Chinese banks cut ties with Russia amid fears of secondary sanctions

Chinese banks have started to cut ties with their Russian customers. The financial institutions do not want to fall under secondary US sanctions.

These Chinese businesses, particularly banking institutions, are heavily reliant on the world economy because they are a part of the globalized world. Banking institutions will be severely impacted if they get secondary sanctions for collaborating with Russia.

Chinese businesses will not be able to compete or even survive if they lose their Western markets. A similar issue has previously affected the oil industry and partly disrupted Russian oil exports, especially to India.

Sanctions by themselves are insufficient

However, it is crucial to realize that sanctions are unable to destroy Russia or completely devastate certain elements of the Russian economy. Their mission is distinct: they must raise the cost of any such activities while slowing down specific production processes in the country that is waging war.

The flow of Russian oil will not stop, but the profit margin will narrow. Some gaskets will convert Russian money and facilitate its entry into international markets, but at a higher price. These actions are draining Russia’s financial resources, which could have been used for the war effort.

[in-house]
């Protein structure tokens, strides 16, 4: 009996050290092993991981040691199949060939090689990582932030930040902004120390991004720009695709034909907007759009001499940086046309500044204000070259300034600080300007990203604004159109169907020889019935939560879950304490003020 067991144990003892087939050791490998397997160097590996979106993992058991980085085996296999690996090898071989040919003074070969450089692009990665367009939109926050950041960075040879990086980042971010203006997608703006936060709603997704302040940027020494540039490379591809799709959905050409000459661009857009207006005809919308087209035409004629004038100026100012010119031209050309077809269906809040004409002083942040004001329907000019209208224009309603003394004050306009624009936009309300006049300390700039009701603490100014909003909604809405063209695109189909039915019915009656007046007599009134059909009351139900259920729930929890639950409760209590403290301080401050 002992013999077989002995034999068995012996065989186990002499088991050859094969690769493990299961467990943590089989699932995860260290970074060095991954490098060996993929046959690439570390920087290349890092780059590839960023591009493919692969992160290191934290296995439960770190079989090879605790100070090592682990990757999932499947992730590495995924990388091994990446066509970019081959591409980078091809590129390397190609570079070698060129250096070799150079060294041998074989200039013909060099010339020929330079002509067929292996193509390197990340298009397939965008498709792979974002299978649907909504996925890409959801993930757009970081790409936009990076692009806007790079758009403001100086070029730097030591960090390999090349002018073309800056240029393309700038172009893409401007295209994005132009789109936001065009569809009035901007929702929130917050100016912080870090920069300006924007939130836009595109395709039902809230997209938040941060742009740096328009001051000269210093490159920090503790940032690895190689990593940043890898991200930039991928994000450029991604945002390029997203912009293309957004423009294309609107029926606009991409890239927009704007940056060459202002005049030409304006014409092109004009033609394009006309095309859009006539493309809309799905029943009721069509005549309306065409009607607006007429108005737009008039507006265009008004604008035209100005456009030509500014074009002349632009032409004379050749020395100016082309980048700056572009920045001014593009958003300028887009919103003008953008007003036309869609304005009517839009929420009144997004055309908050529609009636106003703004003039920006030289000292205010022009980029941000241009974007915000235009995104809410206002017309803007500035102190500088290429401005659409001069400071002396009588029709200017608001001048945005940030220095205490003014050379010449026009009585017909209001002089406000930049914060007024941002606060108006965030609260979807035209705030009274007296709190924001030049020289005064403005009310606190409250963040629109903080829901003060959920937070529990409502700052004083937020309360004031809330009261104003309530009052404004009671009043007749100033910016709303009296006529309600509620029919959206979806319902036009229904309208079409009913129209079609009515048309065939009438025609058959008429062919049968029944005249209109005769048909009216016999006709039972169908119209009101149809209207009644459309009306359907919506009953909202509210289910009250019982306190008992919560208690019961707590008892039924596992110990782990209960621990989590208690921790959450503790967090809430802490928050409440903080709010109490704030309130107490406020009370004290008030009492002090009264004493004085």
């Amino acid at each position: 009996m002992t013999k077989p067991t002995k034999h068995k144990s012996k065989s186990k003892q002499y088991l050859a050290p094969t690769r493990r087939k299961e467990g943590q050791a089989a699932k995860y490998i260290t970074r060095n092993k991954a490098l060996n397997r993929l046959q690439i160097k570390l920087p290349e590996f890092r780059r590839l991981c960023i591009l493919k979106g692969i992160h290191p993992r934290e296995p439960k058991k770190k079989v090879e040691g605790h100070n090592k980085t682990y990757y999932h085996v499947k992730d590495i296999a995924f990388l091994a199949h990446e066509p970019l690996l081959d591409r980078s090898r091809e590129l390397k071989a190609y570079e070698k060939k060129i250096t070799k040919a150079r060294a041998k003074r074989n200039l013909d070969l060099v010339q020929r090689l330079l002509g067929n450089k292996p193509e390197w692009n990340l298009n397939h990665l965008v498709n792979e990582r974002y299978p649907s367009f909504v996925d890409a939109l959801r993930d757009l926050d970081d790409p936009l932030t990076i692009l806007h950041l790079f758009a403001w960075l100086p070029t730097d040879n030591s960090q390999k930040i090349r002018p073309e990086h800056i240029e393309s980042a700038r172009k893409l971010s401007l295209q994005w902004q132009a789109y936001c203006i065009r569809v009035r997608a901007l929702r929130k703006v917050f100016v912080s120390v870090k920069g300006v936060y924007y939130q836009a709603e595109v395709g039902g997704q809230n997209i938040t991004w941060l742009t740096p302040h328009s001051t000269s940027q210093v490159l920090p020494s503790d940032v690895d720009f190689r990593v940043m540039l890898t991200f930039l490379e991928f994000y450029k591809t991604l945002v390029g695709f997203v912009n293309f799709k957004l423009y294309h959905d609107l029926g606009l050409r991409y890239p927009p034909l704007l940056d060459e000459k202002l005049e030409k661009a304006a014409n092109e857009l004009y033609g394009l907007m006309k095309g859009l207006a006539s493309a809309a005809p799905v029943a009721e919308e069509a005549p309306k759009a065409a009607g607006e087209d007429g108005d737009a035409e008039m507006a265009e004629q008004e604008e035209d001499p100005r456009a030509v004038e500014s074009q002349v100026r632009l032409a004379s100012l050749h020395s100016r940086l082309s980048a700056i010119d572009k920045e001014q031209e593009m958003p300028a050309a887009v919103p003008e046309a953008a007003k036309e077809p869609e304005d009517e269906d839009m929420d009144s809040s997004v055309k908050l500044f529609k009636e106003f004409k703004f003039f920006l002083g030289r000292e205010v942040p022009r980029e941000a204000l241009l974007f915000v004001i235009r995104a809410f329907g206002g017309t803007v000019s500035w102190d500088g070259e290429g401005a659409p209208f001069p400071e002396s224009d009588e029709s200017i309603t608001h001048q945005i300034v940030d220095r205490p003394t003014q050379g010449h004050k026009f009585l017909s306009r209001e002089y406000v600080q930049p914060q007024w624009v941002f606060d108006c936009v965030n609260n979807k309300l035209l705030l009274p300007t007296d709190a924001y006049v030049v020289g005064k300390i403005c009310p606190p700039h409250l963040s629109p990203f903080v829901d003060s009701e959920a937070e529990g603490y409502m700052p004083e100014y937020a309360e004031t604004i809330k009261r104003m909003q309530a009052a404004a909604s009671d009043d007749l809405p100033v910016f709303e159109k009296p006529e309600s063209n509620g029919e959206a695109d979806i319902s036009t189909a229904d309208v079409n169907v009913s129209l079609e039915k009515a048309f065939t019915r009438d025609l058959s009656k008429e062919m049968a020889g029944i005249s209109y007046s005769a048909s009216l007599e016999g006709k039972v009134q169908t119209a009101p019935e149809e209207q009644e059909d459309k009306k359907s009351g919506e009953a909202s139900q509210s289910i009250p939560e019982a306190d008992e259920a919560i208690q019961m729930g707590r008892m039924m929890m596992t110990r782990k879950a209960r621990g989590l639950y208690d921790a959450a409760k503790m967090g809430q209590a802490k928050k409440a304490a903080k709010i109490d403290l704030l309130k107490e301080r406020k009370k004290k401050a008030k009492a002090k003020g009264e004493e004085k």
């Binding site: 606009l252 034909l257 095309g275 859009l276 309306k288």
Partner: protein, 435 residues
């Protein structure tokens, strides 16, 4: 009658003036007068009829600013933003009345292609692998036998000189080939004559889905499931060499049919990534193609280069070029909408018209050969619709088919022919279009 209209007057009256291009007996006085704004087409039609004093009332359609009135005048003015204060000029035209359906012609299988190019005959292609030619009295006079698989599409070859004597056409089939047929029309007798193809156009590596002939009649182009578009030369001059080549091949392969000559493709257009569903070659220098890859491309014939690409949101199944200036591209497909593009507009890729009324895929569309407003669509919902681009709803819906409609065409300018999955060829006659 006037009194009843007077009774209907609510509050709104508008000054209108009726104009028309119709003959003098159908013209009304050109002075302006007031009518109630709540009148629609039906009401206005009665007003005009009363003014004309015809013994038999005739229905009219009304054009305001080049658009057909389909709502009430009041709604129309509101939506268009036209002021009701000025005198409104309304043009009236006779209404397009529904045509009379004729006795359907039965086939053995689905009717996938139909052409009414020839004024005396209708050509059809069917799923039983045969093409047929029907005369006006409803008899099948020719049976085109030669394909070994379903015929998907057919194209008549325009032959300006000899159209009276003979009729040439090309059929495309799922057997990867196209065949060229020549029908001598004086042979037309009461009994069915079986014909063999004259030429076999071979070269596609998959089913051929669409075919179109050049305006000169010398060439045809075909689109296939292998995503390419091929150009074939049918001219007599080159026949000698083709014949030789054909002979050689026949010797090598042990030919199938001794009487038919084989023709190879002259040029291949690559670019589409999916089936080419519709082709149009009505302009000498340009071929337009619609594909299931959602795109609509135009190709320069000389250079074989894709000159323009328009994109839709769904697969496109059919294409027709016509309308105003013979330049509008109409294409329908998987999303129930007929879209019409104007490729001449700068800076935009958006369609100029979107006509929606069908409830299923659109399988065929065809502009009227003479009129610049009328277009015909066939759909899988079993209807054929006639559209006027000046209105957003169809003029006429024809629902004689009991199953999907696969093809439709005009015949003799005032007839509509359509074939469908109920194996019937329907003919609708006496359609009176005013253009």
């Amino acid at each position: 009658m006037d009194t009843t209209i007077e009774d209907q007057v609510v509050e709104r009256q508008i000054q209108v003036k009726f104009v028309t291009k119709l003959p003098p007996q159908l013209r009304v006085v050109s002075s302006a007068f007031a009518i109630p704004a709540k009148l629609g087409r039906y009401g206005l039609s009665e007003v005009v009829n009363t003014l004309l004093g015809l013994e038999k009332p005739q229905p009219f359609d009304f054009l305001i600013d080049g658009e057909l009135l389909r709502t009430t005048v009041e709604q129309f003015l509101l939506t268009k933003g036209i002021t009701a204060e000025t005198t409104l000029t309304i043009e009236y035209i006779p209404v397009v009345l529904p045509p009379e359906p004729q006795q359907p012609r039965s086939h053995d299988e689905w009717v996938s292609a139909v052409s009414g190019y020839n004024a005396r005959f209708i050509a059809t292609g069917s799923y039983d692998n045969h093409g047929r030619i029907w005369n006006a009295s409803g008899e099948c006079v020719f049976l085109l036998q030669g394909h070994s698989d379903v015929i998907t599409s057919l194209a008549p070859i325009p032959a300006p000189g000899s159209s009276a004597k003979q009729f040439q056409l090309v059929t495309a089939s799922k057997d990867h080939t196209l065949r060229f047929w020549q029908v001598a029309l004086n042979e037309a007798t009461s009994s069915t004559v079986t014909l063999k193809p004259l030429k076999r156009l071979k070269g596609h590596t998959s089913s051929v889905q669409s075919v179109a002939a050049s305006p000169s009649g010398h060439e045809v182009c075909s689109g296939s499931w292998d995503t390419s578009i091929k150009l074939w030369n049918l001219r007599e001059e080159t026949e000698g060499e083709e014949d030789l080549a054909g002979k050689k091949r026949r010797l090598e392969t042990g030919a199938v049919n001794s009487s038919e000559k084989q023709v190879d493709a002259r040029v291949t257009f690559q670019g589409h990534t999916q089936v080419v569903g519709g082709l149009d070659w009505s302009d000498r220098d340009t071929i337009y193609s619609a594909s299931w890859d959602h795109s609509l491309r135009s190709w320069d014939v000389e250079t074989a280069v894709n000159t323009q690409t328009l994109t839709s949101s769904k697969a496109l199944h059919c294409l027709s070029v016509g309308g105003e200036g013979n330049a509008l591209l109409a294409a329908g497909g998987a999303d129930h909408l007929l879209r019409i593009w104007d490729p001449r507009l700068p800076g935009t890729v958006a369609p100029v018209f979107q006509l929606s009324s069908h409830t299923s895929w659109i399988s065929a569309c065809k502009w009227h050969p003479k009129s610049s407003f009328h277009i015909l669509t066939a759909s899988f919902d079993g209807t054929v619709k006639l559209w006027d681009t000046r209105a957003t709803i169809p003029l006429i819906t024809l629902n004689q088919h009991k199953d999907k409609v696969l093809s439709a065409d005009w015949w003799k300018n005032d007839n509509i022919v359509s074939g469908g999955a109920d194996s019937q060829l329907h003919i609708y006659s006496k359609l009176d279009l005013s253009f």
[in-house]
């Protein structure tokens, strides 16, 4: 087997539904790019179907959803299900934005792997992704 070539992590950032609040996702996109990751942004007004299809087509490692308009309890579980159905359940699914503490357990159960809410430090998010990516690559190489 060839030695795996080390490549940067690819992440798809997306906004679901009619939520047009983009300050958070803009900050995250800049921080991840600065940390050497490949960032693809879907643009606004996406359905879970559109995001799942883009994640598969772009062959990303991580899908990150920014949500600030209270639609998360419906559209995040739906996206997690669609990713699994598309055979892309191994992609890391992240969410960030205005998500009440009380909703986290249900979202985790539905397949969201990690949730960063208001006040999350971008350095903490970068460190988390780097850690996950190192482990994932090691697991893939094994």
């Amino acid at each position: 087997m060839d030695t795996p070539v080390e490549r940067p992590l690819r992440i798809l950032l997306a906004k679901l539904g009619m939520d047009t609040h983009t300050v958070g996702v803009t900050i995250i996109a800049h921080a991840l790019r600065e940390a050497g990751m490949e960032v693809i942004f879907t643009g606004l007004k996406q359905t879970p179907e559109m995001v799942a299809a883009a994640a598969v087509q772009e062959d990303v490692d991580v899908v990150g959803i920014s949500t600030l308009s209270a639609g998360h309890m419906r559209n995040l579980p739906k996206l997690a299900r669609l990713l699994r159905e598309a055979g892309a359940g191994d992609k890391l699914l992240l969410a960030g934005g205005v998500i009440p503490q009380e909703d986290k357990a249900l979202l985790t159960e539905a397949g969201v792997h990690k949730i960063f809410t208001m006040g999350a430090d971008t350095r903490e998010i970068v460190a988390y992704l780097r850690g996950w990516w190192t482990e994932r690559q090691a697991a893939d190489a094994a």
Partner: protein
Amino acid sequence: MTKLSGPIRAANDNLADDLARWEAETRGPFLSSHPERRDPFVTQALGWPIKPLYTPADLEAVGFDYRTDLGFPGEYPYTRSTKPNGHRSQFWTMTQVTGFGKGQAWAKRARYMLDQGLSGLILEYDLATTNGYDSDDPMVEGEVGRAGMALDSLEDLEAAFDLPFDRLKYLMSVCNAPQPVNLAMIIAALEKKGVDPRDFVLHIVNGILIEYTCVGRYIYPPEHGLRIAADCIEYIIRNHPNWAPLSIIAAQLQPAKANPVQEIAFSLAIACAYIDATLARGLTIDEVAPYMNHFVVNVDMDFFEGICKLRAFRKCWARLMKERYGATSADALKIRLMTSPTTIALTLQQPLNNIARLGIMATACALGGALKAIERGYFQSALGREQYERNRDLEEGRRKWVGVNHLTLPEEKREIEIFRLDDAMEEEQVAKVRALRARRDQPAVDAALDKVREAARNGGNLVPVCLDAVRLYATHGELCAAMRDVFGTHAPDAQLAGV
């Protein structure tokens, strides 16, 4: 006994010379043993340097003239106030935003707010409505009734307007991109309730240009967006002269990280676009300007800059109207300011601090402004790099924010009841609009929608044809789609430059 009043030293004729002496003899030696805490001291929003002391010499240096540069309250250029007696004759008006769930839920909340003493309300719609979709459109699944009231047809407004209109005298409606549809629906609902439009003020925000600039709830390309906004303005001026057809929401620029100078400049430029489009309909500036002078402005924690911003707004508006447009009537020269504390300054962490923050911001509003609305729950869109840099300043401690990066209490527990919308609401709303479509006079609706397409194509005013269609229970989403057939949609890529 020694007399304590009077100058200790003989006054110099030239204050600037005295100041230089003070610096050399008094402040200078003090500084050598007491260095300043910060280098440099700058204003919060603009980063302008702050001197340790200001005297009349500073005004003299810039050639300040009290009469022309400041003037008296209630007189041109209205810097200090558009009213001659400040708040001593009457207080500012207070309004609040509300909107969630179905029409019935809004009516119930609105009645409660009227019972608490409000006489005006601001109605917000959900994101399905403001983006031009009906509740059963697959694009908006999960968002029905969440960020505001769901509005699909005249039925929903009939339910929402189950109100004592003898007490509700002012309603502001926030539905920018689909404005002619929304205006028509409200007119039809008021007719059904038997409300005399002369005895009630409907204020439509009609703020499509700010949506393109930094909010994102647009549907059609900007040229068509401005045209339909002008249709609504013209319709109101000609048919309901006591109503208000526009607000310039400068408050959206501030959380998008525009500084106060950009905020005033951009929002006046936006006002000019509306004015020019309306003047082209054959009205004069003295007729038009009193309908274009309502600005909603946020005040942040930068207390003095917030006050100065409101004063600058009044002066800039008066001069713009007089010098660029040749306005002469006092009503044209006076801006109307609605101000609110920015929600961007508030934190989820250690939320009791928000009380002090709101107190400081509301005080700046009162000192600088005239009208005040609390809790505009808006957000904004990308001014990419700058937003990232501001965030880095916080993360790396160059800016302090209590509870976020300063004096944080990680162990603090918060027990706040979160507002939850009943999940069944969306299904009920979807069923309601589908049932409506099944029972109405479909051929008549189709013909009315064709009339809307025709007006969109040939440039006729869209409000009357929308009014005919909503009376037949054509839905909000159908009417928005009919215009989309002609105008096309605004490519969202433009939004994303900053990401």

Sanctions are not enough to win. Neither North Korea nor Iran have ever experienced a catastrophe or defeat as a result of sanctions. They are an essential component of conflict, but they are not enough on their own.

China’s support to Russia

Regarding the fundamentals of Sino-Russian relations, China solely has a pro-China stance; it is not neutral, but it tends to be on Moscow’s side in the current circumstances. Therefore, China’s partnership with Russia or any other nation is based solely on mutual gain.

China is behaving very cynically; Russia is an object of their goals, a chance to leverage Russia’s capabilities in a geopolitical game, and a source of cheap energy, goods, and raw resources.

On January 31, the military ministers of China and Russia held a video conference. Beijing, defying pressure from the West, pledged Moscow’s support in the “Ukrainian issue.”. That’s how China calls Russia’s war against Ukraine.

At a meeting with senior Ukrainian officials, the Chinese envoy made a threat to the diplomatic ties between the two nations. Over a dozen Chinese corporations being placed on Kyiv’s list of “International Sponsors of War” has displeased Beijing.

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